FILE PHOTO: A Volvo S60 is displayed during the inauguration of Volvo Cars first U.S. production plant in Ridgeville, South Carolina, U.S., June 20, 2018. REUTERS/Randall Hill/File Photo
STOCKHOLM (Reuters) – Sweden’s Volvo Cars issued a bond worth 2 billion Swedish crowns ($214.65 million), it said on Wednesday, just five months after the Chinese-owned carmaker terminated plans to list itself blaming trade tensions and a downturn in automotive stocks.
The funds from the bond sale add to Volvo’s coffers at a time when carmakers need cash to develop electric and driverless cars and also face mounting costs from a prolonged U.S.-China trade war and slowdown in large auto markets China and Europe.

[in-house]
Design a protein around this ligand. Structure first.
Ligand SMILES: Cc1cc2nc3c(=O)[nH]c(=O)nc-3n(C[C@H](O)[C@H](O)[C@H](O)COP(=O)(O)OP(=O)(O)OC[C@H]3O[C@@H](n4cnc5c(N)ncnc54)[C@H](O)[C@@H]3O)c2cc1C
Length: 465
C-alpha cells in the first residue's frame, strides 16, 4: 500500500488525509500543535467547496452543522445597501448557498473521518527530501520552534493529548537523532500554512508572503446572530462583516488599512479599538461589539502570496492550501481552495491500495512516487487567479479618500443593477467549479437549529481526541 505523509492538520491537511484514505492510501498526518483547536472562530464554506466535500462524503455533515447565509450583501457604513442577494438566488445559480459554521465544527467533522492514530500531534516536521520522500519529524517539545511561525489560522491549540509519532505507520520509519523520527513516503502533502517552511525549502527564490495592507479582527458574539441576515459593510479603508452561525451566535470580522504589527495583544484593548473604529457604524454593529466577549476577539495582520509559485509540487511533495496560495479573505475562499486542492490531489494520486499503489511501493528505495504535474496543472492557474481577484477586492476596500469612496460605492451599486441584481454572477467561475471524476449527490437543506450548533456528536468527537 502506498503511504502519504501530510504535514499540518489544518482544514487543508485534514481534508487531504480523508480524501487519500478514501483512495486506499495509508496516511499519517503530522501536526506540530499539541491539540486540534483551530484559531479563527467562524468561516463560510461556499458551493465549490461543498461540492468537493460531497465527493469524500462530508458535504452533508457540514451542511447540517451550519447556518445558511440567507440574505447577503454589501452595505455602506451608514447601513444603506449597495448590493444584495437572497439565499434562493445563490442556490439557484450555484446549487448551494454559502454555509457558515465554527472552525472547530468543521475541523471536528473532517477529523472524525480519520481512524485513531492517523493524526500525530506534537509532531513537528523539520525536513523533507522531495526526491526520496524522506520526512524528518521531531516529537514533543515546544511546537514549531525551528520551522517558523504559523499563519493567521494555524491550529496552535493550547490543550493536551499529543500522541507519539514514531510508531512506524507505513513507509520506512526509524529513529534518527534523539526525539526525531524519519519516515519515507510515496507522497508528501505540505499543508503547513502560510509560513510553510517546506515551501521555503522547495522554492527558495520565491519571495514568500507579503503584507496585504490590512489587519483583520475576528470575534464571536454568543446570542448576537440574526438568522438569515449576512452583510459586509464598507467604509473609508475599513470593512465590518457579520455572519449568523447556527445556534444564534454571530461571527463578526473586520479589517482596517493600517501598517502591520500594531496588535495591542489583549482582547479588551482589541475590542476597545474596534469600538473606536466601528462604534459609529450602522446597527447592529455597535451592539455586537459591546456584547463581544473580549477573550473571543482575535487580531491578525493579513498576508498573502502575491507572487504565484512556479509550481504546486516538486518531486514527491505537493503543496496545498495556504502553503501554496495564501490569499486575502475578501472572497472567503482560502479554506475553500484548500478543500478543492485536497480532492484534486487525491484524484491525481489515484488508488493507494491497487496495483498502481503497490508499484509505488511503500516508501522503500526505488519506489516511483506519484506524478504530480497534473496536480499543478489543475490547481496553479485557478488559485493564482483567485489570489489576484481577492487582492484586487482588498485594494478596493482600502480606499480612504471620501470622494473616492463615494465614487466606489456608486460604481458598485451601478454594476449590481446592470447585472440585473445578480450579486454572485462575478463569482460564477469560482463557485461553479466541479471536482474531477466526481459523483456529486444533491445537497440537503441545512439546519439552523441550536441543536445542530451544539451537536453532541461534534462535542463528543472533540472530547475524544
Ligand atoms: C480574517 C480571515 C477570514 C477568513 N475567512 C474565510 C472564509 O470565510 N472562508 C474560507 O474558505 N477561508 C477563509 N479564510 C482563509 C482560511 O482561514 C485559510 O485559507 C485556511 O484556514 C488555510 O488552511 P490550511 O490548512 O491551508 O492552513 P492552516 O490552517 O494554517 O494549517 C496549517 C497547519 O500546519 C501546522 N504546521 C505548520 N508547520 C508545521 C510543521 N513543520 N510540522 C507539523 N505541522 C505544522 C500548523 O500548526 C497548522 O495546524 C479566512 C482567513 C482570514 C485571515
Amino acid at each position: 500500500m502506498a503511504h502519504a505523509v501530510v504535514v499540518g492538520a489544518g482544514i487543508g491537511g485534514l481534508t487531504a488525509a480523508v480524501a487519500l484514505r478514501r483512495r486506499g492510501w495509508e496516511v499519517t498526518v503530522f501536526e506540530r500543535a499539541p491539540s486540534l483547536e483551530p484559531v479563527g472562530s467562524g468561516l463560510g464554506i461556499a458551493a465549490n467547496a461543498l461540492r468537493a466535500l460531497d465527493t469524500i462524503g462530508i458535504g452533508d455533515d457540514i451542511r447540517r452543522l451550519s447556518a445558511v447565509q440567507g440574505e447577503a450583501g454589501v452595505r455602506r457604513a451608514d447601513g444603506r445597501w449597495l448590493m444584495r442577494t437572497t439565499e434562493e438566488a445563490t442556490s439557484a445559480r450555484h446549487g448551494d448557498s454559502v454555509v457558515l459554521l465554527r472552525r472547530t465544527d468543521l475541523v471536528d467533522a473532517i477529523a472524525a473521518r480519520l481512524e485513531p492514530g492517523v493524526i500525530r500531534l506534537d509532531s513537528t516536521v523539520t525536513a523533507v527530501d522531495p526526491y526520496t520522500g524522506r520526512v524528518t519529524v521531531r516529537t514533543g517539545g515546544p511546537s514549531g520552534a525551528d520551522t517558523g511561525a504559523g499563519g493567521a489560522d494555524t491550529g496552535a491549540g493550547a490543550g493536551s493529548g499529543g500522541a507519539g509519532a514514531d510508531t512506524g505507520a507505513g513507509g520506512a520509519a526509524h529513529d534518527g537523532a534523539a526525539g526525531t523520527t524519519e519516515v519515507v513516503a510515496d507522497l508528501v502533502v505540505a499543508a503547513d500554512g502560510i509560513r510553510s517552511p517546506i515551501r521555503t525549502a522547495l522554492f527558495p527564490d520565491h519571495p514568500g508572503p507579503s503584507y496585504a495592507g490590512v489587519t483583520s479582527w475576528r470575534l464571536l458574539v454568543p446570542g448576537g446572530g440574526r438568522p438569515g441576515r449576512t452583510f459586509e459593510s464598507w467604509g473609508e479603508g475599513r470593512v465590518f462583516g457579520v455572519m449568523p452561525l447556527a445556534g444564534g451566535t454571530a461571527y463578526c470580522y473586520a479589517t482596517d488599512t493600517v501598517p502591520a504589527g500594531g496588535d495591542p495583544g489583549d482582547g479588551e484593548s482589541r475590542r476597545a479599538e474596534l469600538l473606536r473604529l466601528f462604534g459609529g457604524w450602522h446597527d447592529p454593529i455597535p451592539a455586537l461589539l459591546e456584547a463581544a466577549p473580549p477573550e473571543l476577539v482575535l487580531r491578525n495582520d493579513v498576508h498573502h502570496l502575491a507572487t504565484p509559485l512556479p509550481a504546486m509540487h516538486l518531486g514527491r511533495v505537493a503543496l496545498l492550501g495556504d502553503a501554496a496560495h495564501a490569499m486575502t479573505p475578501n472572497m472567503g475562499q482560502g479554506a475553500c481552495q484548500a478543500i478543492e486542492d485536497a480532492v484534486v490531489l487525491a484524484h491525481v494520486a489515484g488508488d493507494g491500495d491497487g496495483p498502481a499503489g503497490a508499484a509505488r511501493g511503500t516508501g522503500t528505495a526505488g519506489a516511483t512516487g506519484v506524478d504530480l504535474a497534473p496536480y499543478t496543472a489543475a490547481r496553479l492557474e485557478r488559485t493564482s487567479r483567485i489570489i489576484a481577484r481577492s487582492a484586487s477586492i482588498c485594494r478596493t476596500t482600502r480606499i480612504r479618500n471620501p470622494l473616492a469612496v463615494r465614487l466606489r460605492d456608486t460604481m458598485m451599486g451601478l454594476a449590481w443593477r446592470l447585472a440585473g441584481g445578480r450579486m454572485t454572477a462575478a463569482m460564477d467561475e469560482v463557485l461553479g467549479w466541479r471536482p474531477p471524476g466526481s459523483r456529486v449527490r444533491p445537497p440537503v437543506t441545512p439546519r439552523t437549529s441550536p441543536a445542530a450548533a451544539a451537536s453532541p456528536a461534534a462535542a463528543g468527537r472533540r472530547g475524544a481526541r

Volvo, which is developing Polestar as an electrified performance brand and owns a stake in Chinese owner Geely’s stablemate Lynk & Co, has repeatedly said it will finance electric and autonomous vehicle development from existing cash flows.
The new bond, which matures in February 2023 and pays a floating coupon of STIBOR plus 2.30 percent, will be used for general corporate purposes and not for a specific project, a Volvo spokesman said on Wednesday.
The bond was issued under Volvo’s Euro Medium Term Note program and Handelsbanken, Nordea and SEB acted as bookrunners on the transaction.
Reporting by Esha Vaish in Stockholm; Editing by Kirsten Donovan